James A. Patten, a prominent figure of the commodities markets, commissioned Maher, a leading Chicago architect, to design a twenty-two-room house and every element of its interior program. This window is one of a set of three from the monumental entrance hall. Maher’s “motif rhythm” theory entailed the repeated use of certain design elements in varying degrees and proportions. In this case, he chose the indigenous thistle as the principal decorative motif, perhaps as a reference to the owner’s Scottish heritage. Stylized variations of the thistle, juxtaposed with geometric shapes, were generously employed throughout the house in a range of media. Maher also used the thistle motif in the Patrick J. King House, built the same year in Chicago.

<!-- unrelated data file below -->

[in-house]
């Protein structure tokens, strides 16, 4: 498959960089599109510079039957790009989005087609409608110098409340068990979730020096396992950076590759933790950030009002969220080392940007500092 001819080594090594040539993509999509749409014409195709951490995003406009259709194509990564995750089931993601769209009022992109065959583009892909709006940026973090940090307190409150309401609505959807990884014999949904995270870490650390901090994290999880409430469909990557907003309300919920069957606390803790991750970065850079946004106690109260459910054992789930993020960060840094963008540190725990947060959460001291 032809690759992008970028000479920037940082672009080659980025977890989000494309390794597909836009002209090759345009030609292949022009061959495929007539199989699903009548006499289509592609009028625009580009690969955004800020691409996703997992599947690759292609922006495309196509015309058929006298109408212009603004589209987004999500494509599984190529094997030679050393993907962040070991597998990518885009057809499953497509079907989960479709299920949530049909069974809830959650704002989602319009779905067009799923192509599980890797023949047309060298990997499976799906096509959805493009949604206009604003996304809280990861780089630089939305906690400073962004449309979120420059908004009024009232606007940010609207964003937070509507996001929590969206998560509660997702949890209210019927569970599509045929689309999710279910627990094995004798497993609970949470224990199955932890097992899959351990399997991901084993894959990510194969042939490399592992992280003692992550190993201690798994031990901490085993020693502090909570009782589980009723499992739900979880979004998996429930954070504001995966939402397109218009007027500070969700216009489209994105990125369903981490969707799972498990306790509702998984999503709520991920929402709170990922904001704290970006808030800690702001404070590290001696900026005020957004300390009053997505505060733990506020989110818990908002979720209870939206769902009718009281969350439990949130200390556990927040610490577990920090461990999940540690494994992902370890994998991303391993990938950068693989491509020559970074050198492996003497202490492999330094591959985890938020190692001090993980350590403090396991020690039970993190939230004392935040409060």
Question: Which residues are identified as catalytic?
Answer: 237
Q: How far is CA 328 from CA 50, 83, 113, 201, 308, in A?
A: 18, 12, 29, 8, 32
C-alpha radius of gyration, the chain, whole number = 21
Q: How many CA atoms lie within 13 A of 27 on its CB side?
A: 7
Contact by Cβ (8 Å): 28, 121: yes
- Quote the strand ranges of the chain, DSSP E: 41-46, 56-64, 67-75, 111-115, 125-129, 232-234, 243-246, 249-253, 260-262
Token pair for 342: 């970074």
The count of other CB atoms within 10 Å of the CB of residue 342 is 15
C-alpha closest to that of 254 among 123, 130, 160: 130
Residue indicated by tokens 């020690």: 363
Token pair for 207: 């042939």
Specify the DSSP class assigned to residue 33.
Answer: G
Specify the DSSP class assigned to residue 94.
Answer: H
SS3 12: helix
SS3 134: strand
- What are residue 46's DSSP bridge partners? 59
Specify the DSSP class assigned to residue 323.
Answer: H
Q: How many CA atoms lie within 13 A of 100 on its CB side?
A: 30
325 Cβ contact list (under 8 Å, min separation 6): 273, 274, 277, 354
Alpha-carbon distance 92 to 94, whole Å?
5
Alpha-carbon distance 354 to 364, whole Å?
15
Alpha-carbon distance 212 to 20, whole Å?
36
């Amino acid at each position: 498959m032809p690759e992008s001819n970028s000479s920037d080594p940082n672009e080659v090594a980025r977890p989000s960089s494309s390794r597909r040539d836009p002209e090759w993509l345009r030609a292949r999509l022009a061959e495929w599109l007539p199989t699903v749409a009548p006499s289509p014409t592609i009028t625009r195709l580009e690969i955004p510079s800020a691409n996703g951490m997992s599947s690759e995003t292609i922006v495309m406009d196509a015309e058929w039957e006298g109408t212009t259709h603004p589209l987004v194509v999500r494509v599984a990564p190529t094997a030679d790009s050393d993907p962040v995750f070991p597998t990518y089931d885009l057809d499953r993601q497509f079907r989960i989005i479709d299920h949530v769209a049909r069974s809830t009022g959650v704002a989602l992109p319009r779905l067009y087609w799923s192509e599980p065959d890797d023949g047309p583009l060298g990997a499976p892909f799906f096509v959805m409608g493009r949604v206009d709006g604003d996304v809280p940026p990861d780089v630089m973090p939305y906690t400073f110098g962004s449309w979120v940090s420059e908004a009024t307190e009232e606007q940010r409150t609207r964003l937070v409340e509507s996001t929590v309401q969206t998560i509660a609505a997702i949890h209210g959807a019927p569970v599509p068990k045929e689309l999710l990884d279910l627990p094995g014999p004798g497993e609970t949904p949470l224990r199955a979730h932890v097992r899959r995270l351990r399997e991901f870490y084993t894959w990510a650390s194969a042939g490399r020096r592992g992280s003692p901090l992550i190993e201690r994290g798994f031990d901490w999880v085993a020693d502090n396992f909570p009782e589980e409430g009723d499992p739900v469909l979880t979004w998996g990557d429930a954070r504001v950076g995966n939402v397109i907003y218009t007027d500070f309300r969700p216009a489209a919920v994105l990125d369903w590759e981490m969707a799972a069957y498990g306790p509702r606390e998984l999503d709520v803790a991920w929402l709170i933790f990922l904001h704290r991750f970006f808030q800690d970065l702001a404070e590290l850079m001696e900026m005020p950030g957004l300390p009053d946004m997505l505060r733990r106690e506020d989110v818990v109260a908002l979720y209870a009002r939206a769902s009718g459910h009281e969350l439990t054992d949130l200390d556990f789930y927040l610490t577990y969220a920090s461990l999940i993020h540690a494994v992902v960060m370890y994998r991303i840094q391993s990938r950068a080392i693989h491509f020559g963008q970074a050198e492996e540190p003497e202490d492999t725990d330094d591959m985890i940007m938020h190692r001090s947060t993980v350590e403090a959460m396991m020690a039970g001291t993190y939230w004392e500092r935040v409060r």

The Window was designed and installed in the home of Mr. and Mrs. James A. Patten, and subsequently removed from the house at the time of its demolition in 1938; Mr. and Mrs. Eugene Krause, installed in their house, in Fort Wayne, Indiana, ca. 1942; Dr. and Mrs. Brandt, subsequent owners of the Krause house; private collection, purchased around 1993; purchased by Bruce Barnes in 2006, who is offering it to the Museum.